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1975 seems light years away. In parts of the field of Byzantine studies, at any rate, the world has shifted, and perhaps most of all in that contested territory of early Byzantium, otherwise known as late antiquity. The first issue of Byzantine and Modern Greek Studies was published only four years after Peter Brown’s The World of Late Antiquity,1 and before the ‘explosion’ of late antiquity.2 This was also the start of another explosion: the emergence of late antique archaeology as a discipline, leading to its vast expansion and the enormous and ever-growing amount of material available today. For the first time, John Hayes's Late Roman Pottery (1972) enabled reliable dating criteria for the ceramic evidence that became the foundation of a new understanding of trade and economic life.3 The UNESCO Save Carthage campaign, a landmark in the reliable recording of excavations of the late antique period, began in the following year, and since then the growth in data has been exponential.
It is well known that the history of Byzantium does not fit comfortably with mainstream medieval history. This paper returns to the problem in the light of two recent, if opposing, historiographical trends: first, the emphasis on the Mediterranean as a unifying factor, and second, the turn towards the comparative history of western and eastern Eurasia. Neither emphasis accommodates Byzantium well, and it is argued that however difficult it may seem to some historians, any broad approach to medieval history will be inadequate if it does not make space for the history of Byzantium.
The publication in three volumes in the series Translated Texts for Historians of a complete English translation with notes of the materials relating to the Council of Chalcedon (AD 451) by Richard Price and Michael Gaddis is a major event. For the first time this priceless dossier becomes readily accessible, and in English translation. This means that professional historians, theologians and students alike can have to hand in convenient form a collection of material which is of the utmost importance for understanding both the history of the Church and the history of late antiquity. Its publication coincides with the appearance of other works by historians dealing with church councils, in particular Fergus Millar's Sather Lectures, published in 2006, and related articles by him. Several recent works on the role of bishops in late antiquity, as well as many publications on the separation of the miaphysites, or non-Chalcedonians, in the sixth century, and on questions of orthodoxy and heresy, also underline the centrality of the negotiations and rivalries surrounding the ‘ecumenical’ councils of the fourth century and later.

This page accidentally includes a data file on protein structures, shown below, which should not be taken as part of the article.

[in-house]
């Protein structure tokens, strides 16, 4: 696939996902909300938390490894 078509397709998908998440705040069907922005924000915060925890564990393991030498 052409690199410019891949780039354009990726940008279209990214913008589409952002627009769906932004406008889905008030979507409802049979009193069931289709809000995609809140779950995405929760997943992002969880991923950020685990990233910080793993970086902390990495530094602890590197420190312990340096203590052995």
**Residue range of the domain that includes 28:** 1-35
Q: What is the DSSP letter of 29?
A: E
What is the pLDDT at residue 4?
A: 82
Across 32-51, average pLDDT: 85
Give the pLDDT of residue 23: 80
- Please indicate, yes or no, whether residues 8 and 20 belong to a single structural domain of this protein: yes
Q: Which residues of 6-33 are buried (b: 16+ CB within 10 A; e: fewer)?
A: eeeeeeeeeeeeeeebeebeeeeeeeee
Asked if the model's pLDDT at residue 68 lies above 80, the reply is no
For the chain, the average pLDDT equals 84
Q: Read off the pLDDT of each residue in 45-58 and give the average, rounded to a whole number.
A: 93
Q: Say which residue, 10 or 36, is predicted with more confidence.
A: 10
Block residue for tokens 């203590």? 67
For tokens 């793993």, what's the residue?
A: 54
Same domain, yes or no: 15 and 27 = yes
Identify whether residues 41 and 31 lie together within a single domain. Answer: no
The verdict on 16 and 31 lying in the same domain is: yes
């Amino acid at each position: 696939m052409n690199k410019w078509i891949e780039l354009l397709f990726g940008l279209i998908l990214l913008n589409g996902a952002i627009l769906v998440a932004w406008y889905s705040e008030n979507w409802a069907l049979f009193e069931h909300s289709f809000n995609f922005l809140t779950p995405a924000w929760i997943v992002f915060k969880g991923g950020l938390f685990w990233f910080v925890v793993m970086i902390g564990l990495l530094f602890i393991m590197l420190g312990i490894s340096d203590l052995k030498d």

The Church began from a very early date to resolve internal disagreements by means of meetings whose proceedings were in one way or another recorded; the earliest example is of course the debate within the Church of Jerusalem in the first century. In the context of a growing new religion which felt its mission to be universal, once the decision to proselytize among the gentiles had been made, local meetings (‘synods’) were ways of establishing communion, imposing order and designating hierarchy.
Following in the tradition of Montesquieu and Gibbon, Wolfgang Liebeschuetz has recently again argued that one of the two most revolutionary aspects of Christianity in its history since Constantine has proved to be religious intolerance. The Byzantine state certainly made many efforts to enforce orthodoxy, and the question arises whether Byzantium was therefore a ‘persecuting society’, to use the now-familiar formulation of R. I. Moore. In a telling aside, Paul Magdalino asked in the course of an important discussion of eleventh- and twelfth-century Byzantium whether it became ‘even more of a persecuting society than before’ (my italics). Another strand of scholarship however has seen a contrast in this respect between western and eastern Europe, and several recent authors have argued for a comparative degree of toleration in Byzantium, or at least for a limitation on the possibilities of real repression. However this desire to find a degree of toleration and religious freedom in earlier societies clearly derives from our own contemporary concerns, and despite recent attempts to claim the Emperor Constantine as the defender of religious toleration, I agree with those who argue that it is misguided to look for an active conception of religious toleration in this period. This paper starts from the position that Constantine himself, and successive emperors after him, inherited an existing assumption that religious conformity was the business of the state, and looks at some of the less obvious ways by which the Byzantine state attempted to promote and enforce orthodoxy.
The reign of Constantine was momentous for Christianity. Before it, and indeed during Constantine's first years, Christians continued to suffer persecution; after it, all but one emperor followed Constantine's example in supporting Christianity. The term the 'peace of the church', used by Christians to denote the ending of persecution, is something of a misnomer in light of the violent quarrels which followed during the rest of the fourth century and after. The years 305-12 CE saw the breakdown of the tetrarchic system established by Diocletian under the pressure of individual ambition, of which Constantine was by nomeans innocent. Constantine is remembered for his alleged vision of a cross in the sky immediately before he went into battle against Maxentius. This version depends on the later and highly embellished story in Eusebius's De vita Constantini, which he claims came from the emperor himself.